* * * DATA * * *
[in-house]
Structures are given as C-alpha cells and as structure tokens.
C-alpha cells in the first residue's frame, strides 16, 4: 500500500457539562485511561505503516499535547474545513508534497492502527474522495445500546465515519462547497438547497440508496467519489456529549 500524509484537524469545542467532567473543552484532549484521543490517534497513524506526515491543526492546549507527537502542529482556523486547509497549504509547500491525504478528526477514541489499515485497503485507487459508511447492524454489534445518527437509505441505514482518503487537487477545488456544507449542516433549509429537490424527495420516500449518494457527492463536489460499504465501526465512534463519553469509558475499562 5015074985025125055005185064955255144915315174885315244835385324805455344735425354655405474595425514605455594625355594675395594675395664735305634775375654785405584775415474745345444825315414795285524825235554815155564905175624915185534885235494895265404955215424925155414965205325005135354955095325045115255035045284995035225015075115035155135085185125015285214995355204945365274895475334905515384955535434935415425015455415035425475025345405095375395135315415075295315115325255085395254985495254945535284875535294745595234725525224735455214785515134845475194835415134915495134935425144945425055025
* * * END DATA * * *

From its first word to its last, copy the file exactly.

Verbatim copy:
[in-house]
Structures are given as C-alpha cells and as structure tokens.
C-alpha cells in the first residue's frame, strides 16, 4: 500500500457539562485511561505503516499535547474545513508534497492502527474522495445500546465515519462547497438547497440508496467519489456529549 500524509484537524469545542467532567473543552484532549484521543490517534497513524506526515491543526492546549507527537502542529482556523486547509497549504509547500491525504478528526477514541489499515485497503485507487459508511447492524454489534445518527437509505441505514482518503487537487477545488456544507449542516433549509429537490424527495420516500449518494457527492463536489460499504465501526465512534463519553469509558475499562 5015074985025125055005185064955255144915315174885315244835385324805455344735425354655405474595425514605455594625355594675395594675395664735305634775375654785405584775415474745345444825315414795285524825235554815155564905175624915185534885235494895265404955215424925155414965205325005135354955095325045115255035045284995035225015075115035155135085185125015285214995355204945365274895475334905515384955535434935415425015455415035425475025345405095375395135315415075295315115325255085395254985495254945535284875535294745595234725525224735455214785515134845475194835415134915495134935425144945425055025